The integrase inhibitor raltegravir continues to show strong efficacy "almost identical" to that of efavirenz at 96 weeks, in combination with tenofovir and 3TC, and a side-effect profile that continues to be favourable, Dr Marty Markowitz of the Aaron Diamond AIDS Research Center reported on Tuesday at the XVII International AIDS Conference in Mexico City.
Raltegravir (Isentress) is an integrase inhibitor currently being studied in both treatment-experienced and in treatment-naïve patients. Owing to its significant and durable effects in highly treatment-experienced patients, raltegravir has already received approval in Europe and the United States for use in this population.
Meanwhile, raltegravir is also being studied in an ongoing Phase II trial in patients who have not previously been on HIV treatment. In this multicentre, double-blind, randomised study, the efficacy, safety and tolerability of raltegravir is being compared to efavirenz, in combination with tenofovir (TDF) and lamivudine (3TC).
A total of 198 patients were enrolled, with 160 randomised to raltegravir and 38 to efavirenz. The study was originally designed to compare raltegravir doses of 100, 200, 400 or 600mg twice daily. Raltegravir and efavirenz have been comparably effective at suppressing viral load to undetectable levels up to 48 weeks, and raltegravir has appeared more tolerable, with a better lipid profile. Baseline information on the participants and detailed 48-weeks results have already been reported.
After 48 weeks, as there was little appreciable difference in performance between the different raltegravir doses, doses were standardised to 400mg twice daily for all 160 patients in the raltegravir arm.
Now, at week 96, raltegravir and efavirenz remain neck-and-neck in terms of efficacy, with what Dr Markowitz called "almost superimposable results." HIV viral load was suppressed to below 400 copies/ml in 84% of patients in each group, and to below 50 copies/ml in 83% versus 84% in the raltegravir and efavirenz groups, respectively. (This was in an intent-to-treat analysis, with non-completers treated as treatment failures.) In an observed-failure analysis of only those patients who completed treatment to 96 weeks, the suppression rates to below 50 copies/ml were 92% for raltegravir and 91% for efavirenz.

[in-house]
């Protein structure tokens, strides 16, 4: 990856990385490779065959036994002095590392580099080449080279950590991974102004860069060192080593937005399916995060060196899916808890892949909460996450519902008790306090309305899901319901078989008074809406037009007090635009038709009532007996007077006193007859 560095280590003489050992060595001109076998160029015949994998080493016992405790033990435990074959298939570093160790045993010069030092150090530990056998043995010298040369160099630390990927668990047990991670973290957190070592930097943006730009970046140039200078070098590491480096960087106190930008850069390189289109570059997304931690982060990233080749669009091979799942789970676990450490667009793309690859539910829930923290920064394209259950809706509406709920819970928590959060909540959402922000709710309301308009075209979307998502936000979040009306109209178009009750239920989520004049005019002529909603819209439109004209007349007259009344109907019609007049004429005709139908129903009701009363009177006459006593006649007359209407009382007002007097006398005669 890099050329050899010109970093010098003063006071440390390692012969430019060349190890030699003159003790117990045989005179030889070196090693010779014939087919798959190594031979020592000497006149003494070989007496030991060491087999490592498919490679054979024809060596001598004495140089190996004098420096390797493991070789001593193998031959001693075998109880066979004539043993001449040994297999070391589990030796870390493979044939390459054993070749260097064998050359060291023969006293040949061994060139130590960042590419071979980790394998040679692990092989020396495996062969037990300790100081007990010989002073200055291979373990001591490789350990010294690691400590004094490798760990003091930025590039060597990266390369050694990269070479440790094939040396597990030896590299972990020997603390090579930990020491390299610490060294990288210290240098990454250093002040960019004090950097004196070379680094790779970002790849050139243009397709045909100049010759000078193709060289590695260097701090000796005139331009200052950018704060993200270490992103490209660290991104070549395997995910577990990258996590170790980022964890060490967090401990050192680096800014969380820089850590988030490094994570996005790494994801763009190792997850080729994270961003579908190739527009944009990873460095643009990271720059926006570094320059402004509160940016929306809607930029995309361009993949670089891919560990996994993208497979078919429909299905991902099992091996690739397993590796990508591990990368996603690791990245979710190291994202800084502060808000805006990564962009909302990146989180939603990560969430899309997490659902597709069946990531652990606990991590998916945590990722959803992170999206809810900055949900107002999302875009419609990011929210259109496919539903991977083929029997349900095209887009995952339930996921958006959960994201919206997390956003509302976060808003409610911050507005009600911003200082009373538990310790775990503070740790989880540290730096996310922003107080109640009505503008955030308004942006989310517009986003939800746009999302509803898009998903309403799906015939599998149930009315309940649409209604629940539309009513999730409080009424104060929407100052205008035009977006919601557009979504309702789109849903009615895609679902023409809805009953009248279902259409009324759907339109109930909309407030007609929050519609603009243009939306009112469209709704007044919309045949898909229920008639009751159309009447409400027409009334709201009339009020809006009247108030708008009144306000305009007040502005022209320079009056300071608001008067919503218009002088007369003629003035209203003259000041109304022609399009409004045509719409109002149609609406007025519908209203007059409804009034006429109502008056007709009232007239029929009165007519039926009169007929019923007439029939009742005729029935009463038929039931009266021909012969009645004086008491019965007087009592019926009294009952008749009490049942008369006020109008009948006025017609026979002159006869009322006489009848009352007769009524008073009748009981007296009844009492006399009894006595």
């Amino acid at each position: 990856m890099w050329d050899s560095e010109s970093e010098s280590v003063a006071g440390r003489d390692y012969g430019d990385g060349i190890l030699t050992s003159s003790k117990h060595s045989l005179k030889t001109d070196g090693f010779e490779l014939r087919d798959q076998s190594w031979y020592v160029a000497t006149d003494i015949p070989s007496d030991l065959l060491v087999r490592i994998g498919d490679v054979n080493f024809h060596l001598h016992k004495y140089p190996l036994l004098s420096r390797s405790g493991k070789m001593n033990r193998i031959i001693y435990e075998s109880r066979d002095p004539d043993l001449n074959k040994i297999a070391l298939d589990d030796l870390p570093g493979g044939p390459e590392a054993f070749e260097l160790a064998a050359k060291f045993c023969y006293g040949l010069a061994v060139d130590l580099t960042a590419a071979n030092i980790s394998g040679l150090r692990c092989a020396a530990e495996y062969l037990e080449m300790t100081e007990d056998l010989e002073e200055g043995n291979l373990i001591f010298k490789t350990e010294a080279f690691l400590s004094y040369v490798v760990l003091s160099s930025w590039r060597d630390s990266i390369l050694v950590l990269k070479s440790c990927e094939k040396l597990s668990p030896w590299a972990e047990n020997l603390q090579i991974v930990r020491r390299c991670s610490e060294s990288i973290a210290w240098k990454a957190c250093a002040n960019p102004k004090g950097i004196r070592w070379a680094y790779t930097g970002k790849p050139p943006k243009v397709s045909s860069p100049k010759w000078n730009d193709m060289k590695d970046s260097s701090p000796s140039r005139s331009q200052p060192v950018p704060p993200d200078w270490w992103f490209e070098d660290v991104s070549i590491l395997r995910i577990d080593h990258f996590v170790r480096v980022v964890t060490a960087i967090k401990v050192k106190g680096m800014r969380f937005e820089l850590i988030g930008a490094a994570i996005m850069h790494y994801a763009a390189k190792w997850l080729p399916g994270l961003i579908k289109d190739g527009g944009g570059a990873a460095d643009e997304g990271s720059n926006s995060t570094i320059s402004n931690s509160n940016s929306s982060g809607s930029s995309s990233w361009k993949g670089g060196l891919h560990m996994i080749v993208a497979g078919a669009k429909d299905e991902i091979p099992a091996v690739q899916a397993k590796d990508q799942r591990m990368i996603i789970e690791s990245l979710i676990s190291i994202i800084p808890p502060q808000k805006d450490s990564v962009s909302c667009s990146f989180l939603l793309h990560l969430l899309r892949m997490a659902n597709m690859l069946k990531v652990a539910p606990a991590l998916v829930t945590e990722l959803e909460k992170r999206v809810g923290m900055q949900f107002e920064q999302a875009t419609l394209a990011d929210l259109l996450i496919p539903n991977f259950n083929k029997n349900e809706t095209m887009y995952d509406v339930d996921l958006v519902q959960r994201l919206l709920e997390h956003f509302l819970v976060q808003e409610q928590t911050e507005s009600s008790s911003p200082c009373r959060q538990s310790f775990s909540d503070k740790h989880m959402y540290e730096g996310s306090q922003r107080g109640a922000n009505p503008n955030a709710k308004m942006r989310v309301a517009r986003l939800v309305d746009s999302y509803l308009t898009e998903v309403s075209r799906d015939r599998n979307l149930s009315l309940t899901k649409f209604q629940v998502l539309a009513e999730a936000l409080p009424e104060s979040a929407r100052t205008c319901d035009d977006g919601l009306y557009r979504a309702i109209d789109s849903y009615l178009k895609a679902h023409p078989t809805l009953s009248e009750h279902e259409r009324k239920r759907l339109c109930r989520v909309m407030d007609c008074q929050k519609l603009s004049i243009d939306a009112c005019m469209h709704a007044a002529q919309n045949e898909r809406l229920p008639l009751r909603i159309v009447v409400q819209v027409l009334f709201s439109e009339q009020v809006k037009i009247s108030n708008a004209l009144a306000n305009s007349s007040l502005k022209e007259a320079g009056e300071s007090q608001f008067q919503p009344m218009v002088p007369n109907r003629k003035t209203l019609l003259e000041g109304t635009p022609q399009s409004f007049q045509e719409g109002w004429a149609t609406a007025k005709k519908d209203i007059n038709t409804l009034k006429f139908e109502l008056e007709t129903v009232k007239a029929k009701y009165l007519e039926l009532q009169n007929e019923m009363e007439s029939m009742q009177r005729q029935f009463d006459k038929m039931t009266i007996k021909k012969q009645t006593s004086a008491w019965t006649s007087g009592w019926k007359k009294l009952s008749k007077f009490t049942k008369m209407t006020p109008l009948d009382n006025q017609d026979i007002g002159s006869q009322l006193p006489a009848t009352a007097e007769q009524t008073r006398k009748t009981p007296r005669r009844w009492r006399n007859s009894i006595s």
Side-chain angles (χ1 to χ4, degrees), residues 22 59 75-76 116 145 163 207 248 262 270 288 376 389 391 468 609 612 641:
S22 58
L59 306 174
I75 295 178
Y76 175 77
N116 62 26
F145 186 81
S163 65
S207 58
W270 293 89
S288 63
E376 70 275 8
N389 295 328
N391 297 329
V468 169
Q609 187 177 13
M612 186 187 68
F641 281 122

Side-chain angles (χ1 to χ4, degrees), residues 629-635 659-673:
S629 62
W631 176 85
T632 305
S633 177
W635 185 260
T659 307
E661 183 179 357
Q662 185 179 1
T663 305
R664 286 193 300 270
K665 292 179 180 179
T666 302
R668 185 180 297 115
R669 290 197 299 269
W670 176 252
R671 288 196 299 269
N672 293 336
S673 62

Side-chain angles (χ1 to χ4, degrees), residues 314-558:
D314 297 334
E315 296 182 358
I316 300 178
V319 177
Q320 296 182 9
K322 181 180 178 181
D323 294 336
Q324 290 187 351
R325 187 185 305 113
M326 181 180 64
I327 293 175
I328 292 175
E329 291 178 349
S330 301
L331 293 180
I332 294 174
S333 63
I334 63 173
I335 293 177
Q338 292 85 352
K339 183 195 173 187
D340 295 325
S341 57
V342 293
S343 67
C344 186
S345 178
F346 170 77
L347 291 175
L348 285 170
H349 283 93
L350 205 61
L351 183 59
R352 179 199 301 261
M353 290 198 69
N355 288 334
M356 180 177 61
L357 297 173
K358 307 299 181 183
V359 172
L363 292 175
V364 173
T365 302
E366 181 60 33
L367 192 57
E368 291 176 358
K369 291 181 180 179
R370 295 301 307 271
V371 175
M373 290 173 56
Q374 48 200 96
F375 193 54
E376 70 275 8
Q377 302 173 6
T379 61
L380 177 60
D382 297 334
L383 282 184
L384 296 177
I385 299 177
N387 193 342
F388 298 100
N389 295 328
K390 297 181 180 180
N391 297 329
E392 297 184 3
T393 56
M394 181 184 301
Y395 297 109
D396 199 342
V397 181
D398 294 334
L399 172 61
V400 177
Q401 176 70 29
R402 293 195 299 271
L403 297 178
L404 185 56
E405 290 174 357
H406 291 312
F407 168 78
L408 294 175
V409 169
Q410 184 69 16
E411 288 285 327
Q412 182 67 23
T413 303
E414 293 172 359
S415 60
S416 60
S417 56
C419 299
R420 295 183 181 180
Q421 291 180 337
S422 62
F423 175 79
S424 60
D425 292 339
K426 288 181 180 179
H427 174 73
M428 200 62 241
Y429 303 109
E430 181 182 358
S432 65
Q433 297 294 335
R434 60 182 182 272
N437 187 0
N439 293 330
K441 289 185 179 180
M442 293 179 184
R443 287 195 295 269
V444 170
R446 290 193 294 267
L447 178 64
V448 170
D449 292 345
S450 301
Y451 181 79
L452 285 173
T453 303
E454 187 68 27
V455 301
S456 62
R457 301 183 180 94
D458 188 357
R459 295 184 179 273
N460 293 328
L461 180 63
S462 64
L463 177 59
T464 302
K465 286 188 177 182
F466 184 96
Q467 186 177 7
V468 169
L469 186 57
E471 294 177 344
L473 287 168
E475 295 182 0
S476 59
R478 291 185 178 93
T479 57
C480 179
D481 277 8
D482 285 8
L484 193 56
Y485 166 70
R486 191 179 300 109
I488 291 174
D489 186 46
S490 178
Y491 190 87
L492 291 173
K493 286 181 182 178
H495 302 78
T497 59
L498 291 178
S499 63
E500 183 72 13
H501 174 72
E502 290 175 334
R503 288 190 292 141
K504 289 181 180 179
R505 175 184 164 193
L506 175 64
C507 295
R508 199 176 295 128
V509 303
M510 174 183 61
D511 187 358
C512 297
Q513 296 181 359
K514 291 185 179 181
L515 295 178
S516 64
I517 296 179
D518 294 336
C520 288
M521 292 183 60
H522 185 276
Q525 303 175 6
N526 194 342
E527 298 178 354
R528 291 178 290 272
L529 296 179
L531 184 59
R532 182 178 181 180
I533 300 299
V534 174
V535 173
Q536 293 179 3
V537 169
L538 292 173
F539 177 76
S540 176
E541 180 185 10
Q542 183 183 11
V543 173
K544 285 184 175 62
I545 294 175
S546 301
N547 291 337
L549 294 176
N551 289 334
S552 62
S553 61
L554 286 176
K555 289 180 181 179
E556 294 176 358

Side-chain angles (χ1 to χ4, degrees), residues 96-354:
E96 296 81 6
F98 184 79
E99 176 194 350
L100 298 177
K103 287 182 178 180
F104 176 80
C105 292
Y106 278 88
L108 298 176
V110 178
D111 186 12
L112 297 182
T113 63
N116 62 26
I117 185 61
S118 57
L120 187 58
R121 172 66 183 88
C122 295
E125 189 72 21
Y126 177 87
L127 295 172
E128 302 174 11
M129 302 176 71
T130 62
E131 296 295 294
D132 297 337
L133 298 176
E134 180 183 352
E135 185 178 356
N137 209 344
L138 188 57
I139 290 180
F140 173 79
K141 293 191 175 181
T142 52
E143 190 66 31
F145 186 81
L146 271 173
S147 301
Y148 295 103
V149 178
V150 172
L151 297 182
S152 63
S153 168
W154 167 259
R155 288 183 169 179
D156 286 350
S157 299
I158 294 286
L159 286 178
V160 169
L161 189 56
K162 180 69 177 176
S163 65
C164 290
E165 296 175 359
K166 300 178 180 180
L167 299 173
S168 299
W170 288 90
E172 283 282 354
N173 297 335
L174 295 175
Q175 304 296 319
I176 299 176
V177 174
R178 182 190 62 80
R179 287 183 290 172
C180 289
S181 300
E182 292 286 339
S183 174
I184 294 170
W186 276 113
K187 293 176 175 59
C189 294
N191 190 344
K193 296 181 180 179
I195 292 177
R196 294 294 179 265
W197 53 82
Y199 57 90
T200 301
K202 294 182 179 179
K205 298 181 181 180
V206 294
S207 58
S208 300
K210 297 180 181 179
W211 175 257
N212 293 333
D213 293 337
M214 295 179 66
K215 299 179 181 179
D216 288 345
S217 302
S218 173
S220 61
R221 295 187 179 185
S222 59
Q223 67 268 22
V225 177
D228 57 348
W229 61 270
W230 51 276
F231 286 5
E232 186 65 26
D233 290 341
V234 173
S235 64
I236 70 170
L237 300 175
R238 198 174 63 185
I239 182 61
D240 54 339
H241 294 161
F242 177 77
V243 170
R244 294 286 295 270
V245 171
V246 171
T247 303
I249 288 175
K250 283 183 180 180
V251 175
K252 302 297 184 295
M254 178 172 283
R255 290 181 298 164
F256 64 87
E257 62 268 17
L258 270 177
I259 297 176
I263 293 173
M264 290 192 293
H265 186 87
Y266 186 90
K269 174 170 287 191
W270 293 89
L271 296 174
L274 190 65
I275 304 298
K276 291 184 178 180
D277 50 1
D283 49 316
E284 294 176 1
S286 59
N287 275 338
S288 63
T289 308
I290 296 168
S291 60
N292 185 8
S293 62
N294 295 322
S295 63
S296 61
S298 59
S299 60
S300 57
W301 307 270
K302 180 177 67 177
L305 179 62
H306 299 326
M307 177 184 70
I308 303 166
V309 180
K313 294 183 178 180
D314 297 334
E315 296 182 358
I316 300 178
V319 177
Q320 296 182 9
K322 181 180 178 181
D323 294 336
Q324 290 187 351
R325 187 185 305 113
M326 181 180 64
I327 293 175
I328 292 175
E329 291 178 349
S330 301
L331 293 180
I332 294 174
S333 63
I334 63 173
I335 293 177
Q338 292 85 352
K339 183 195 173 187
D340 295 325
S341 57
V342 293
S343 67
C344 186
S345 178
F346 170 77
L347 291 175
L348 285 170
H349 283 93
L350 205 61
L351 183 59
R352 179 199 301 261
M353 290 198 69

Increases in CD4 cell counts were also very similar in both treatment arms: 221 cells/mm3 for raltegravir versus 232 cells/mm3 for efavirenz.
Dropout rates in both arms were similar, at about 16%.
Fewer drug-related clinical adverse experiences (AEs) were reported in the raltegravir than in the efavirenz group (51% versus 74%, respectively). (These included any AEs reported by study investigators.) In raltegravir and efavirenz respectively, reported rates of nausea were 12.5% vs 13.2%, dizziness 8.8% vs 28.9%, headache 8.8% vs 23.7%, diarrhoea 6.9% vs 10.5%, abnormal dreams 6.3% vs 18.4%, insomnia 8.1% vs 10.5%, and nightmares 0% vs 10.5%. Neuropsychiatric AEs overall remained less frequent with raltegravir (16%) than with efavirenz (32%).
There were ten reports of grade four elevations in creatine phosphokinase (CPK) in patients on raltegravir. Otherwise, serious laboratory abnormalities remained infrequent in both arms. Raltegravir had significantly less effect on total cholesterol (TC), LDL cholesterol (LDL-C), and triglycerides. In raltegravir and efavirenz respectively, the mean change in TC levels were +1.1 vs +24.0 mg/dl (p=.002), in LDL-C levels -5.8 vs +4.4 mg/dl (p=.045), and in triglycerides -10.8 vs +13.4 mg/dl (p=0.145). Raltegravir also resulted in smaller increases in the beneficial HDL cholesterol (+7.4 vs +13.0 mg/dl, p=.017).
Dr Markowitz concluded that, "at 96 weeks, raltegravir had sustained antiretroviral effect similar to 48-week data and to efavirenz, in ART-naïve patients in combination with tenofovir and 3TC. Raltegravir was generally well tolerated; drug related AEs appeared less frequent in patients treated with raltegravir compared to efavirenz."
In questions following the presentation, Dr. Markowitz commented on the initial, very rapid decline in viral load seen with raltegravir as compared to other agents, saying that whether this rapid suppression would have any longer-term clinical significance is still an open question.
In terms of drug resistance, viral rebound was seen in one patient on raltegravir between 48 and 96 weeks, with no well-characterised viral resistance mutations reported. (One other patient rebounded on efavirenz treatment, with mutations identified at M184V and K103N).
Asked about the potential to develop a once-daily dose of raltegravir, Markowitz replied that "the 400 mg bid (twice-daily) dose was chosen for this study based on lots of pharmacokinetic (PK) data… there is a huge amount of variability in raltegravir levels, both between patients and within single patients. The 200 mg bid exposure is probably similar to that of a qd (once-daily) 800 mg, so that is a possibility on the menu for further development."
Markowitz M et al. Sustained antiretroviral efficacy of raltegravir as part of combination ART in treatment-naive HIV-1 infected patients: 96-week data. Seventeenth International AIDS Conference, Mexico City, abstract TUAB0102, 2008.